Someone who works for a home health agency is never, thankfully, going to appear high on those lists of “most stressful jobs.”
Certainly, there are some professions in the health care/medical field that have especially high mental and physical risk factors attached to them, such as surgeons or combat medics who not only have the pressure of doing their job perfectly but possibly losing a patient if the wrong thing goes wrong. Even nurses who work in busy emergency rooms or are part of an air ambulance crews may have higher risks to their life and limb than nurses who visit home health care clients throughout the day.
Then again, no one is saying that home health care jobs aren’t stressful! For someone new to the profession who might be seeing if they like the work and is considering if they want to advance further as a professional caregiver, there are certainly moments that aren’t going to be as much fun as others or occasions where you worry about doing the right thing or performing a procedure well.
Having these concerns is natural and OK, says the team at Accredited Home Care. That’s the nature of health care – it’s not all going to be wonderful, but hopefully, it’s not going to be all unpleasant either.
In the home health care world, some days, the visits with clients will be enjoyable and they’ll be appreciative of your abilities. Other days, the clients may be feeling unhappy or in a lot of pain. They might be worried about their present or their future.
There may be days when their health may take a turn for the worse or their dementia may have progressed. There may be days when even basic procedures can be challenging.
Longtime health care pros will tell you that some of the stress becomes a little smaller with experience and practice, just like blood draws, injections or other procedures. That’s part of the reason that many nursing programs include portions that focus on these skills and also require a certain number of hours along with demonstrating certain abilities to advance to higher certifications.
Dealing with stress
While many modern nursing programs may offer insight into ways to deal with the stresses of bad days, challenging patients, difficult circumstances, or tricky procedures, some people in these professions have to figure out what works best for them.
There is certainly a bit of professional detachment that only comes with practice. And people who have nurses or related professions for years have certainly developed thick skins, and can deal with just about anyone or anything said to them.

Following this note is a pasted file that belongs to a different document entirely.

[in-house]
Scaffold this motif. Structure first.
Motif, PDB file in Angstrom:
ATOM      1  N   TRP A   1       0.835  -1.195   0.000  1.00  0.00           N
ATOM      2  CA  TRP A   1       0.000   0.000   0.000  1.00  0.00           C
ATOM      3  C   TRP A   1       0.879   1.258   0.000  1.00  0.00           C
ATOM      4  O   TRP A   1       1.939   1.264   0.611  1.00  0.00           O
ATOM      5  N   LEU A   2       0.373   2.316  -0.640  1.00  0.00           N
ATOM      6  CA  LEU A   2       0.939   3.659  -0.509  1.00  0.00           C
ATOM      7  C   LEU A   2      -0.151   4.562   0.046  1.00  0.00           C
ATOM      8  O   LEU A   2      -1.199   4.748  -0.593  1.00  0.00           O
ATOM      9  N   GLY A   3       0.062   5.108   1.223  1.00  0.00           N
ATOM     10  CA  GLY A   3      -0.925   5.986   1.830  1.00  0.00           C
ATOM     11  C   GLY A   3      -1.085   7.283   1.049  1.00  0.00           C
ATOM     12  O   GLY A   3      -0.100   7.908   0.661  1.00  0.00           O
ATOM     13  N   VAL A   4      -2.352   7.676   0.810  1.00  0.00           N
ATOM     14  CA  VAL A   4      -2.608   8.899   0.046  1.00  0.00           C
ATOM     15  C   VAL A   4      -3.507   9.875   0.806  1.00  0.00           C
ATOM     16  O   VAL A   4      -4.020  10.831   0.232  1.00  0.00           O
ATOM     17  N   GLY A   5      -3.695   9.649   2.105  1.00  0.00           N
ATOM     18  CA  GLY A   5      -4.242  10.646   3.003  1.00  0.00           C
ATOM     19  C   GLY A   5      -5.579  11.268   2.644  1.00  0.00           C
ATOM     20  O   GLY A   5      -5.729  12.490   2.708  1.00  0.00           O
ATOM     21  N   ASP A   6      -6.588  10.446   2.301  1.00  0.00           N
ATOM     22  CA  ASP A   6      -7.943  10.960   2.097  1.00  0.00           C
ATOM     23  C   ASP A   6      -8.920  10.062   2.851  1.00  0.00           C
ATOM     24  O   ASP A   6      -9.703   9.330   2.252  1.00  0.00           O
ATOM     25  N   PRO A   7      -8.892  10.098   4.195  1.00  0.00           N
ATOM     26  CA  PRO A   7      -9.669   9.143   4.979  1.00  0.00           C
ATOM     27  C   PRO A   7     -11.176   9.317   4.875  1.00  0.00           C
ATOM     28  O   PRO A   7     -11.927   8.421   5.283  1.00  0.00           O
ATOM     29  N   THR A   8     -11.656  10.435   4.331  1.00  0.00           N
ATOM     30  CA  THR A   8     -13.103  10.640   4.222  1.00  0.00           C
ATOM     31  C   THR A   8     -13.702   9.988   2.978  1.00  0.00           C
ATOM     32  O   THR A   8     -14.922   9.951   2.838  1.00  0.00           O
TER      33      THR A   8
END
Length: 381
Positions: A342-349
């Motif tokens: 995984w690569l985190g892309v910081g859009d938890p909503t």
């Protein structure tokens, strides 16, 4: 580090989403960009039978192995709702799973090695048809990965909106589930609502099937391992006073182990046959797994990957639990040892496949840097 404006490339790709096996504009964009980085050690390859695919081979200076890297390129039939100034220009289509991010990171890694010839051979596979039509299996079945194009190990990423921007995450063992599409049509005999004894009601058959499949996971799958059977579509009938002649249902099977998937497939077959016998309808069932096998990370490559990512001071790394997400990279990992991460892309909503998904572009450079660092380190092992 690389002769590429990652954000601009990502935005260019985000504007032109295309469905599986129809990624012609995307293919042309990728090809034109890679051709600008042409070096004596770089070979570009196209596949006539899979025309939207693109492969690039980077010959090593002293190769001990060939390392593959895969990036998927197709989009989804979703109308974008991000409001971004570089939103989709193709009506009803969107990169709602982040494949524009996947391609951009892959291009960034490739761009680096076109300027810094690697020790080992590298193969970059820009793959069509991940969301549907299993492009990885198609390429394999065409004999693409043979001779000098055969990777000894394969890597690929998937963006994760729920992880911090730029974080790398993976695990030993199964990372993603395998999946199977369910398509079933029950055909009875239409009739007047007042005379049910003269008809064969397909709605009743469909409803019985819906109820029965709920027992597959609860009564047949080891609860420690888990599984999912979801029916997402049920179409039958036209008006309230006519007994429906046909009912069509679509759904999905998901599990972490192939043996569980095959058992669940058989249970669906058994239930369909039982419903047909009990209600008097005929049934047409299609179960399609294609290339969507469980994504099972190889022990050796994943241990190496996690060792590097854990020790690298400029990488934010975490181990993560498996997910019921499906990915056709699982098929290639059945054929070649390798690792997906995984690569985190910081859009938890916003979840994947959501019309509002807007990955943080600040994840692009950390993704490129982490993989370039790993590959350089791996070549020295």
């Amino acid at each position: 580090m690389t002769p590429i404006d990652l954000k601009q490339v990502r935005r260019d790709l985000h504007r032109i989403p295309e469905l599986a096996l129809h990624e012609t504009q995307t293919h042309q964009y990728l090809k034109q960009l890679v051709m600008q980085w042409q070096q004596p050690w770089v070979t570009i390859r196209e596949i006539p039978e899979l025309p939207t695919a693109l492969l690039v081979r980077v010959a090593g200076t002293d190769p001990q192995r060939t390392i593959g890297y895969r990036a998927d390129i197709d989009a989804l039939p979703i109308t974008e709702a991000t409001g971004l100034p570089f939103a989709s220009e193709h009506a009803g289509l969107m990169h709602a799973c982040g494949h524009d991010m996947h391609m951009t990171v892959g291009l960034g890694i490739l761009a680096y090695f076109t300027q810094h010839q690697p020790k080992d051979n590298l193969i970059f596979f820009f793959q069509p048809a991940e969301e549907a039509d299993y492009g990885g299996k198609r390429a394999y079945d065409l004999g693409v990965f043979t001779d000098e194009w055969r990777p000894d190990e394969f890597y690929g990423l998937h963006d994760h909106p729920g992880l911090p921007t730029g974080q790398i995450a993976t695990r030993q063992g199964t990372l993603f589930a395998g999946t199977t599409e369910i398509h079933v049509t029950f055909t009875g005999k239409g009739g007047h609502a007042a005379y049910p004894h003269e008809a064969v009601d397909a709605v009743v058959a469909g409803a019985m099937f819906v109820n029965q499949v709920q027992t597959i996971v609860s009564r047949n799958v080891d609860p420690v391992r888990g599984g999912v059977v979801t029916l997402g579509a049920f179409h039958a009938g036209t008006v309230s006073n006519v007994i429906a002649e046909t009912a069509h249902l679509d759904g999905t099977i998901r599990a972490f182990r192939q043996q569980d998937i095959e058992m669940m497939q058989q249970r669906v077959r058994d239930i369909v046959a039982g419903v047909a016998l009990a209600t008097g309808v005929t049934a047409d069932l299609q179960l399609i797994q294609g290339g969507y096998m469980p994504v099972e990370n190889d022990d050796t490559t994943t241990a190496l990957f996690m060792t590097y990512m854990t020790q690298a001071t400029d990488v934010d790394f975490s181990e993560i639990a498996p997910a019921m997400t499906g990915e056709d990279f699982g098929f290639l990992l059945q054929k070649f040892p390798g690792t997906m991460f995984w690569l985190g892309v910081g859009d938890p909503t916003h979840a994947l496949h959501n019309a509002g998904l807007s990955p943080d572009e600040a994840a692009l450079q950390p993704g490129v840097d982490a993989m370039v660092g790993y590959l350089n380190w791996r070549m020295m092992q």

But the skin may be a little more thin for people newer to the profession and they may find it trickier to let things go, such as unhappy statements from patients in pain.
So with all these potential stress-causing factors, what can be done to lower their risks to help you have a generally better attitude about your profession and life in general? Plenty, actually!
Some items that others have had success with include:
- Health officials recommend at least 20 minutes a day be spent on vigorous activity that gets the blood pumping through your body. Some people use exercise as a way to keep fit while helping them get through their daily activities. Others may want to focus on certain abilities, like gaining strength to help patients more in situations where you have to support them. Or exercise may help a lot of the anger, tension, fear, and anxieties be reduced.
- Talking about it. A spouse or significant other can be an excellent source for listening to your experiences and observations They won’t necessarily be objective but they can often be trusted. Or, some people prefer talking to a therapist, counselor, or psychiatrist, especially someone who works with dementia. He or she will be able to listen without judging your thoughts and situations. Being able to share a lot of these details of your experiences and observations with a good listener is significantly better for mental health than keeping it in.
- Write it down. Whether you call it ‘journaling’ or something less formal, sometimes pen and paper (or fingers on keyboard) can be a great tool to quickly type or write what happened. It also may be fun to look at in the future, especially if you’ve experienced much more of the good and bad. Perhaps you’ll even get used to whatever is challenging you today and run into other challenges in the future. Plus it could be fun for you, or other family members, to read your notes about crazy experiences in the future. It may be even the basis for a book, movie, or podcast.
- Look for mental/physical activities. Beyond the benefits of exercise, like walking or swimming, some activities stimulate the mind as well as the body. Think about yoga or tai chi, which are two different ways of stretching and moving and also engaging the brain. Some simple movements can also be done throughout the day.
Overall, there are a variety of ways to handle stress and help your mental health. The National Alliance on Mental Illness also offers other resources, including info about Mental Health Month, which takes place in May.